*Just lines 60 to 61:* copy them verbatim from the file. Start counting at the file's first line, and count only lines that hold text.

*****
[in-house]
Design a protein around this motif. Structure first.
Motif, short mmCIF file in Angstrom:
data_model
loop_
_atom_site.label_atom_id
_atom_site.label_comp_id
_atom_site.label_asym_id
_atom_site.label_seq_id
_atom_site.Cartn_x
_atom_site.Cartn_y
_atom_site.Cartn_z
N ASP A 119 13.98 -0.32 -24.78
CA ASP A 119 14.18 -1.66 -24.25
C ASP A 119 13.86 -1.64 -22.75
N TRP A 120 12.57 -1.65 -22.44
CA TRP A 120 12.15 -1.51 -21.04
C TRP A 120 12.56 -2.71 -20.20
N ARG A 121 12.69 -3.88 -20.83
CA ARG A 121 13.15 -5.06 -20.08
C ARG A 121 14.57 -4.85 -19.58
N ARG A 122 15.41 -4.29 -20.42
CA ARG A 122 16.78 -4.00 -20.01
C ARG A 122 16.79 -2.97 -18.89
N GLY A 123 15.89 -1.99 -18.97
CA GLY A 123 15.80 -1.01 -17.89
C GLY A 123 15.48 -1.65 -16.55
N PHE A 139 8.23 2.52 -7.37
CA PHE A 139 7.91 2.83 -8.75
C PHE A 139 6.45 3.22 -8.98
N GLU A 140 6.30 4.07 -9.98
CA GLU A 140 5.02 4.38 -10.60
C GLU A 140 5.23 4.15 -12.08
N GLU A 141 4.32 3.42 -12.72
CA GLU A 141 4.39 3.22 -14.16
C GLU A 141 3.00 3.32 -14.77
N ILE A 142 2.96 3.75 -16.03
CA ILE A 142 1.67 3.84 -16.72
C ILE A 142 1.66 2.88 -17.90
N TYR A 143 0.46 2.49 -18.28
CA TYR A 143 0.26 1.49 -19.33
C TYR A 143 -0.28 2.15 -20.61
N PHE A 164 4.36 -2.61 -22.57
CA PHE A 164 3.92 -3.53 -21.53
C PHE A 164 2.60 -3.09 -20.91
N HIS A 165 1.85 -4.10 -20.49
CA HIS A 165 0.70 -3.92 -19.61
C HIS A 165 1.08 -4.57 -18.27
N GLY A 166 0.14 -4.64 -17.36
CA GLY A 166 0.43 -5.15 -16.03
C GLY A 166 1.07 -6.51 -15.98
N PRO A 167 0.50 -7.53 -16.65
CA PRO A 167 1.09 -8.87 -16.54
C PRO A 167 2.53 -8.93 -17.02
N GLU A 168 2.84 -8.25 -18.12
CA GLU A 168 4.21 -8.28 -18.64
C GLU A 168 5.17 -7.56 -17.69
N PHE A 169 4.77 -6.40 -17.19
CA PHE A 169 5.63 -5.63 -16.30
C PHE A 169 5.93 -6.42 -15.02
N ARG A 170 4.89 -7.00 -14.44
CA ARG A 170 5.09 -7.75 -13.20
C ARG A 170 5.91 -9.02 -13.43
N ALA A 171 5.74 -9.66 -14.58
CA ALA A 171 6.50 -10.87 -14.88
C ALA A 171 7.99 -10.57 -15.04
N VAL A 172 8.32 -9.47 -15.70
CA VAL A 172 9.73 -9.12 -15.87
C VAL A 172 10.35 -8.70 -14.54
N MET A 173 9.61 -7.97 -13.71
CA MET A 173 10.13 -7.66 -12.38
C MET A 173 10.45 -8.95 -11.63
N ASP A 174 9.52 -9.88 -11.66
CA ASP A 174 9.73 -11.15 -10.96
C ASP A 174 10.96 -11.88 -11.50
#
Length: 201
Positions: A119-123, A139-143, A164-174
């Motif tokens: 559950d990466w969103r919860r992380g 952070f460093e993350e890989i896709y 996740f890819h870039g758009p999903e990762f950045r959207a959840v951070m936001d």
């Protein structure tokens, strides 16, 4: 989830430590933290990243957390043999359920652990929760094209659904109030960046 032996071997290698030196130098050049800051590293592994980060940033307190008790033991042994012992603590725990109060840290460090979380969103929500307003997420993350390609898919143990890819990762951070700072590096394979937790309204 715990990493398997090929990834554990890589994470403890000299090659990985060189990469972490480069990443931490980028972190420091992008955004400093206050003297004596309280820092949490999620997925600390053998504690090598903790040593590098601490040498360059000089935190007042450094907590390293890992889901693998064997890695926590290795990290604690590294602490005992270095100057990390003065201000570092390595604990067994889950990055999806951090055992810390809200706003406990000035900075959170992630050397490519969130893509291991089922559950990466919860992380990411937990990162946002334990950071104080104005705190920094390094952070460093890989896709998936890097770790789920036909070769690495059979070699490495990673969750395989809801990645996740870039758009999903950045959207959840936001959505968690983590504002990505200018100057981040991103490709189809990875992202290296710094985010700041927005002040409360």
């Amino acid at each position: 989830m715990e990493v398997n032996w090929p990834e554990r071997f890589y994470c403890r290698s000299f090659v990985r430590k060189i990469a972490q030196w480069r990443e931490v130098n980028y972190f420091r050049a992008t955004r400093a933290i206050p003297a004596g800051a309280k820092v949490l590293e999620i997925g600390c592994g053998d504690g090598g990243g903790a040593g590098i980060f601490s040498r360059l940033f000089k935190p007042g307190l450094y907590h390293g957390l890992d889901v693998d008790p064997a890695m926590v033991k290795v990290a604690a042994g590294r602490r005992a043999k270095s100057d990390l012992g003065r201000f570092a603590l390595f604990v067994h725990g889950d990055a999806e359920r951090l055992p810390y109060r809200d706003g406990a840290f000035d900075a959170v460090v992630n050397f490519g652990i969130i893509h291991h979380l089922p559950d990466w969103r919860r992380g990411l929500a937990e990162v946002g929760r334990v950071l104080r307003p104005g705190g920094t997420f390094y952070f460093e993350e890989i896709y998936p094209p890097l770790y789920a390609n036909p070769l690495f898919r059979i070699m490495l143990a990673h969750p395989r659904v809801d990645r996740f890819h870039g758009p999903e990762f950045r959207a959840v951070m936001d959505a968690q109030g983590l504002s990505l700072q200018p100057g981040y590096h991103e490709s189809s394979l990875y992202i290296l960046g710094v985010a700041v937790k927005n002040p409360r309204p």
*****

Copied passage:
C PHE A 169 5.93 -6.42 -15.02
N ARG A 170 4.89 -7.00 -14.44